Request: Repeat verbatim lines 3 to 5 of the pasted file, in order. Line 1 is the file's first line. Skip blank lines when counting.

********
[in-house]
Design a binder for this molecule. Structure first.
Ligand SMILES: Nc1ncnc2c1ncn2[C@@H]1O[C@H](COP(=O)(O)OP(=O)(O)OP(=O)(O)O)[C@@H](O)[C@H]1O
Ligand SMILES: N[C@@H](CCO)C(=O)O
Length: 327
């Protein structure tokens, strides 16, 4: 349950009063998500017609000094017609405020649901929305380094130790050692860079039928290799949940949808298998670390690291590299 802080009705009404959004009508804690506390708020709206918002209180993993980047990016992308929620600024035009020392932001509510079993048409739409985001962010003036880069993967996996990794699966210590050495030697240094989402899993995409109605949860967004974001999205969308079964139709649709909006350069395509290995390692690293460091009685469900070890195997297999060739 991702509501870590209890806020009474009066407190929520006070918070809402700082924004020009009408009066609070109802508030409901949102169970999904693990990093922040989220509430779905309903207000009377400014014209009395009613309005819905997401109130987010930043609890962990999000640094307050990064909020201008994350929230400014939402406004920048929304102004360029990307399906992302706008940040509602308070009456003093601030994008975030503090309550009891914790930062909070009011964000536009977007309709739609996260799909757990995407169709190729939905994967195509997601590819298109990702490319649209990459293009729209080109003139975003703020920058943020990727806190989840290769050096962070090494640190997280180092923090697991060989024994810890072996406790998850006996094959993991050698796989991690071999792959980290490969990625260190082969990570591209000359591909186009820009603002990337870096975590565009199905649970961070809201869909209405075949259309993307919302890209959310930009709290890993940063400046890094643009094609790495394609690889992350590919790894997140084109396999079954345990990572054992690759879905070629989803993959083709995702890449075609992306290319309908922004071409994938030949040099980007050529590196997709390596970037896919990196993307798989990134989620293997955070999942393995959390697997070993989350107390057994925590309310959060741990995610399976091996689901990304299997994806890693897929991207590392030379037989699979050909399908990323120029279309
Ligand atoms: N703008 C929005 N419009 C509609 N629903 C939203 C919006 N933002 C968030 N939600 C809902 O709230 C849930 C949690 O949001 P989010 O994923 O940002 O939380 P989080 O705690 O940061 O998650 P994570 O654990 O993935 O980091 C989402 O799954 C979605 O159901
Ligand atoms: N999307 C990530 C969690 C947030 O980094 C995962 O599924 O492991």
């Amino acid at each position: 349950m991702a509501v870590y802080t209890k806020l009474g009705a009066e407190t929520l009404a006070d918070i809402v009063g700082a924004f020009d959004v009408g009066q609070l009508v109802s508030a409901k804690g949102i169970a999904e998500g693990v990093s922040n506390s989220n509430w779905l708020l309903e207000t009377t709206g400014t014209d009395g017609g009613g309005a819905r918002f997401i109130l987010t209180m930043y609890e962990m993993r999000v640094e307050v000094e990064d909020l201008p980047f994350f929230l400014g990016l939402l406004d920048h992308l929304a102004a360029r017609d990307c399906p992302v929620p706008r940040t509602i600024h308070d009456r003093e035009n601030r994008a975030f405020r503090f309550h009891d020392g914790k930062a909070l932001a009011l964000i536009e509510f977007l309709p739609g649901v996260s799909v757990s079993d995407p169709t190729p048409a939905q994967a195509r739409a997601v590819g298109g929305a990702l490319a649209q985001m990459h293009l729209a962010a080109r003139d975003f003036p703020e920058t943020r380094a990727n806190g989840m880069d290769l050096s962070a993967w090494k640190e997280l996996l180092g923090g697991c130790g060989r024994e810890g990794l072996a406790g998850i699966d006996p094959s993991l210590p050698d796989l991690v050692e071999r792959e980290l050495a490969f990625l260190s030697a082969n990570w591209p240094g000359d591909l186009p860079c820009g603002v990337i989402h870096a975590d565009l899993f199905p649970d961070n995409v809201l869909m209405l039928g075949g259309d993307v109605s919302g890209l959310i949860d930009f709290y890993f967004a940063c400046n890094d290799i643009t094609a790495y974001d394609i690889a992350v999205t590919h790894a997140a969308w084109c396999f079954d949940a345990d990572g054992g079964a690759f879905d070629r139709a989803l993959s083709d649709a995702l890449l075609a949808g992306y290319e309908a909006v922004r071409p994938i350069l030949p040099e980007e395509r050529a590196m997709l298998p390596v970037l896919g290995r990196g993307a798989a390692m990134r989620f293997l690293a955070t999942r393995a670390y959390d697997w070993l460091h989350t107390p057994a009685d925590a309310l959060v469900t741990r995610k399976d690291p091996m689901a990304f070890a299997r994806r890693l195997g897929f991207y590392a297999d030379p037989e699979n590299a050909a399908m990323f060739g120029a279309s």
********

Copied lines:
Ligand SMILES: Nc1ncnc2c1ncn2[C@@H]1O[C@H](COP(=O)(O)OP(=O)(O)OP(=O)(O)O)[C@@H](O)[C@H]1O
Ligand SMILES: N[C@@H](CCO)C(=O)O
Length: 327